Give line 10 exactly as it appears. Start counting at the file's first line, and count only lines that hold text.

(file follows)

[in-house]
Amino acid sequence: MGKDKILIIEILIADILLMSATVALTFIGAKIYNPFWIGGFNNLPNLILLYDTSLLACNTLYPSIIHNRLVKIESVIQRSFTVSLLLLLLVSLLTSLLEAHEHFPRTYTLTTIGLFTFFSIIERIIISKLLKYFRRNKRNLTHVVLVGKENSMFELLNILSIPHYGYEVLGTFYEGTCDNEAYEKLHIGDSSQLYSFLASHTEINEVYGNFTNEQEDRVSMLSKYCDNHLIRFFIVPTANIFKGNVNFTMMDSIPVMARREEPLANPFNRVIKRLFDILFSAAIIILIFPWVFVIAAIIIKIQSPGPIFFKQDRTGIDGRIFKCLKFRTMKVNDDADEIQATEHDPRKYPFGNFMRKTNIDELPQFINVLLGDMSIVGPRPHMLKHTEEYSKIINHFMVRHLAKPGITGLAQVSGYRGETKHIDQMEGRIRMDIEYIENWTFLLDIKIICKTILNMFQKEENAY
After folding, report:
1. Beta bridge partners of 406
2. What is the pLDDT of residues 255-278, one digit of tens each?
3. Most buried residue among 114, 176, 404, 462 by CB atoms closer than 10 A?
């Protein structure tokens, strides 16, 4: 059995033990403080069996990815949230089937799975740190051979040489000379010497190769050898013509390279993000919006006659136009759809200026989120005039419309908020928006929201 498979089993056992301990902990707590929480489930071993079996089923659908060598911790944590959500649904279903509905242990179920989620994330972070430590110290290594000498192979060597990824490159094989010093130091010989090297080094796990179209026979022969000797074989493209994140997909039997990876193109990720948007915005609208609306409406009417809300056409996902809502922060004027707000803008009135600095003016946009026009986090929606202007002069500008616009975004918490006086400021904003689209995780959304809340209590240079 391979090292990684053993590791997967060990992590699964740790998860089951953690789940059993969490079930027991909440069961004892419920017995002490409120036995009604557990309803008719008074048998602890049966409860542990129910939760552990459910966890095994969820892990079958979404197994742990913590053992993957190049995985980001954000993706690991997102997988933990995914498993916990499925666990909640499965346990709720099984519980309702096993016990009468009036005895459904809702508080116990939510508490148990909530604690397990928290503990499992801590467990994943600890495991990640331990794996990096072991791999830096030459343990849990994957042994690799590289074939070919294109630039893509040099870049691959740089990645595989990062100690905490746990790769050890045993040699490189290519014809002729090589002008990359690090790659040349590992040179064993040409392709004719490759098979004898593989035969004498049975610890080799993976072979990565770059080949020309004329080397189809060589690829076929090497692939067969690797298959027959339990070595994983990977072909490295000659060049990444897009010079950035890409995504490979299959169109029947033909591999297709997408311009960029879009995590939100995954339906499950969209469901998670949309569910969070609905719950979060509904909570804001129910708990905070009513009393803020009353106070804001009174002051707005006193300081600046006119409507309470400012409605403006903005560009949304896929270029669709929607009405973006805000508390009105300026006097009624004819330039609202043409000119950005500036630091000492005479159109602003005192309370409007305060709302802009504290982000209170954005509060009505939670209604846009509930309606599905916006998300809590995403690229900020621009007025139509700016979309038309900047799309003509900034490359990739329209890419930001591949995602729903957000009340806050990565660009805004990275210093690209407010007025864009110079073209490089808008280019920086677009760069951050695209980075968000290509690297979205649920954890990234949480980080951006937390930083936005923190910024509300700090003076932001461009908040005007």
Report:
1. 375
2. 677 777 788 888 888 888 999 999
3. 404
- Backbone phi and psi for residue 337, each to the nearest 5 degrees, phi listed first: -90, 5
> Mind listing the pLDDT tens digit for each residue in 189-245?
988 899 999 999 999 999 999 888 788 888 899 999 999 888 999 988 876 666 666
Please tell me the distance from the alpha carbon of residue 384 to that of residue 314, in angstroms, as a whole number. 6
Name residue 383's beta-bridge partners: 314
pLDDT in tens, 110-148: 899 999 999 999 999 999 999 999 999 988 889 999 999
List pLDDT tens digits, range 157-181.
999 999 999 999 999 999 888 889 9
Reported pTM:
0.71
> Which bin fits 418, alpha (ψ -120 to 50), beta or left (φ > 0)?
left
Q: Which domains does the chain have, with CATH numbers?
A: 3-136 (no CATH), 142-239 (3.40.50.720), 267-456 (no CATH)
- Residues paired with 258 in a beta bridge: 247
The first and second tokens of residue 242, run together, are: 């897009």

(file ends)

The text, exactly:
2. 677 777 788 888 888 888 999 999